Police Violence Highlighted At Candlelight Vigil In Support Of Ferguson


A NSW MP has spoken out about her own experience of police intimidation at a Sydney vigil held to commemorate the death of African-American man Michael Brown, who was shot dead by police in the US town of Ferguson, Missouri last month.

Mehreen Faruqi, a Greens member of the NSW Legislative Council, told a crowd of around 90 gathered in Sydney’s Martin Place that the killing of Brown was not an isolated episode, but the symptom of a society that privileged some members over others.

Joining several Aboriginal speakers, Faruqi said that women of colour such as herself were raised to be cautious of police.

“I had a little taste of police intimidation when visiting brave activists standing up against environmental destruction at the Leard State Forest earlier this year,” Faruqi said.

“I was issued with a 'move on' order and verbally intimidated by police for simply stopping to inquire about the welfare of someone police had detained.”

At the Monday night vigil, activists and students held candles as a sign of solidarity for the people of Ferguson, Missouri, where protests have continued in the wake of the shooting of two African-American men, including the unarmed Michael Brown.

While a small number of police were in attendance, the event remained peaceful.

The killing of Brown has brought racial tensions in the United States under international scrutiny, with questions raised about the militarisation of the nation’s police forces, and continuing exclusion of Black Americans from representative and law-making bodies.

As Sydney’s suits flowed by, heading home for the evening as dusk fell on the CBD, speakers in Martin Place warned that miscarriages of justice and over-policing of Aboriginal people were continuing in Australia.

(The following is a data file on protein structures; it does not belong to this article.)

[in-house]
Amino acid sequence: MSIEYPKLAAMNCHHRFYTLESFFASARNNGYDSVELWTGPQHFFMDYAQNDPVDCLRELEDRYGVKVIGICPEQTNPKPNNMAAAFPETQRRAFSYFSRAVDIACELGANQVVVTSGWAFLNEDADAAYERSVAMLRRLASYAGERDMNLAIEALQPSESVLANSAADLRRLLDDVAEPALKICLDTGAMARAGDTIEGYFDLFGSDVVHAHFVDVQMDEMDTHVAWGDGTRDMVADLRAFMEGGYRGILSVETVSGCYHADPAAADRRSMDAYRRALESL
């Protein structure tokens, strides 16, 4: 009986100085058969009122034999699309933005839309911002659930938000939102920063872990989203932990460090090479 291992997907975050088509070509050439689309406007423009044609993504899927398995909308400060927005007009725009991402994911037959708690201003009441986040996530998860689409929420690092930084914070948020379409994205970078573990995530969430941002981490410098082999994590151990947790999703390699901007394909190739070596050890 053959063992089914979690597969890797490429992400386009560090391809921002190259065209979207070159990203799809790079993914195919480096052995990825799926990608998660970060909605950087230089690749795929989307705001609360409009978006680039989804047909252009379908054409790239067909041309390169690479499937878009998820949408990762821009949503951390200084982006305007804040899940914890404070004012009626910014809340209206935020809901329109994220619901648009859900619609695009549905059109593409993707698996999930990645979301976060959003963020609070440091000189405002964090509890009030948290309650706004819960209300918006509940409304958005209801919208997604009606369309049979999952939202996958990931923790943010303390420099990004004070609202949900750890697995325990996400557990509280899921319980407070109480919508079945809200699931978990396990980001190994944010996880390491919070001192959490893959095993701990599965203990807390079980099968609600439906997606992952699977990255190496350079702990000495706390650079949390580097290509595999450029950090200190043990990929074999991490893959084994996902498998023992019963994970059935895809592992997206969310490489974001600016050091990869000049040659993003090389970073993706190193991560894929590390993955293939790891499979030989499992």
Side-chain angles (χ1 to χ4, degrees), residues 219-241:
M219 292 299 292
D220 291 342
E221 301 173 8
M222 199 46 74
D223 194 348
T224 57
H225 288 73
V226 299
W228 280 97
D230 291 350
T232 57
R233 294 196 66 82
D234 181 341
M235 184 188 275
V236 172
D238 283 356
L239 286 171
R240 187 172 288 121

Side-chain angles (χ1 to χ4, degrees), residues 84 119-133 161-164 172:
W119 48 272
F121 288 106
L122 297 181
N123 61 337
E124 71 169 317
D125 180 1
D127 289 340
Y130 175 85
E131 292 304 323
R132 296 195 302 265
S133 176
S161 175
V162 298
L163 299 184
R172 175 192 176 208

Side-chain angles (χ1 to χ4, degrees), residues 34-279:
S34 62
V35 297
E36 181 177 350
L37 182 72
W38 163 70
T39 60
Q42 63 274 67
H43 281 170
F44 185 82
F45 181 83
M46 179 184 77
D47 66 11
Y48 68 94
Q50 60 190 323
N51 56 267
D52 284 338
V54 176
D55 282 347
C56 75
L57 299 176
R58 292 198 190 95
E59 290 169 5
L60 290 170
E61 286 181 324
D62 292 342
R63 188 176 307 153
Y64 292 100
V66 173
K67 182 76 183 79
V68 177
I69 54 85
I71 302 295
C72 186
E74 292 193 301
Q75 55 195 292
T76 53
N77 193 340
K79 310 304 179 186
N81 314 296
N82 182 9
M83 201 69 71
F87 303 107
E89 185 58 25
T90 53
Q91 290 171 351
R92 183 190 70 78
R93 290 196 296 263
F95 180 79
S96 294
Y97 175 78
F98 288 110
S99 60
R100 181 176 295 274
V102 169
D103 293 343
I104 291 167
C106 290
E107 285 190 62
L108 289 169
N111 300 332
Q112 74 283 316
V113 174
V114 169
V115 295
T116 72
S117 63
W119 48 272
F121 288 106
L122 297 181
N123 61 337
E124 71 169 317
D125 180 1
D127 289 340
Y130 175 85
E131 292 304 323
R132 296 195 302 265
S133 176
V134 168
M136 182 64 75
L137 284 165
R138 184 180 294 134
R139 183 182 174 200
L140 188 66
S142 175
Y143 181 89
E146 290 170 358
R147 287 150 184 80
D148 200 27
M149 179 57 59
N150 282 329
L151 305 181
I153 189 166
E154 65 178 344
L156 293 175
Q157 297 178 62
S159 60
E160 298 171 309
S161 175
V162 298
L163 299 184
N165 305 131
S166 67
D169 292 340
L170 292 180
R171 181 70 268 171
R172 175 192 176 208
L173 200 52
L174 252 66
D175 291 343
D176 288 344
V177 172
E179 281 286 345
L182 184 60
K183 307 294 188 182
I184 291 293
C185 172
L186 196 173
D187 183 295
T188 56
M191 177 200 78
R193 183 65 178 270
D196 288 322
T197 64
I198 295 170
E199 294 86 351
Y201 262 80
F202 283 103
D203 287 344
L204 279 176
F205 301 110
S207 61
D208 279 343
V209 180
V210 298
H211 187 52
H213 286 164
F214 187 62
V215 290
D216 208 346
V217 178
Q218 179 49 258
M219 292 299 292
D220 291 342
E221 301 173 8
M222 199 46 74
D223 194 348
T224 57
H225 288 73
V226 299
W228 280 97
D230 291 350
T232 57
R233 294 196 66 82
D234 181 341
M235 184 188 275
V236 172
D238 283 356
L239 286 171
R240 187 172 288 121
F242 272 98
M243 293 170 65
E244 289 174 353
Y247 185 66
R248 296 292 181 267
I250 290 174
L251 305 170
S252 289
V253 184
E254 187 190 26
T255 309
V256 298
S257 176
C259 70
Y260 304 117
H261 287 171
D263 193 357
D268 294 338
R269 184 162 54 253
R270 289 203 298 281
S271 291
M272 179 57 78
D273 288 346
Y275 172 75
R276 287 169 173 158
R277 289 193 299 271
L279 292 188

President of the Indigenous Social Justice Association Ray Jackson said he followed the events in Ferguson with horror, and drew parallels to infamous police killings in Australia, including the death of Palm Island man Mulrunji Doomadgee and Brazilian student Roberto Laudisio Curti, who died after police tasered him 14 times.

“The Yankee coppers are not the only ones who lie, they’re not the only ones who create false evidence, they are not the only ones who kill,” Jackson said.

Xiaoran Shi, one of the organisers of the vigil, said the event aimed to draw community attention towards similar injustices in Australia.

“Racism has influenced the governing principles and policies of Australia since colonisation, and for a country that abolished capital punishment in 1984, we have an alarmingly high incidence of Indigenous deaths in custody,” Shi said.

“Just last month, 22 year-old Indigenous woman Julieka Dhu died in a WA jail, where she was held for four days for not paying her parking fines.

“In 2012, Maureen Mandijarra died in her cell in Broome after being arrested for drinking in public, an offence which carries a maximum penalty of a $2,000 fine in WA.

“In 2008, a respected Aboriginal elder identified in the media as “Mr Ward” died in the back of a paddy wagon after being picked up and driven 400km across the WA desert.

“The deaths of Michael Brown, Julieka Dhu, Mauren Mandijarra and Mr Ward were all gruesome, unnecessary, and entirely preventable had the police exercised their duty of care.”

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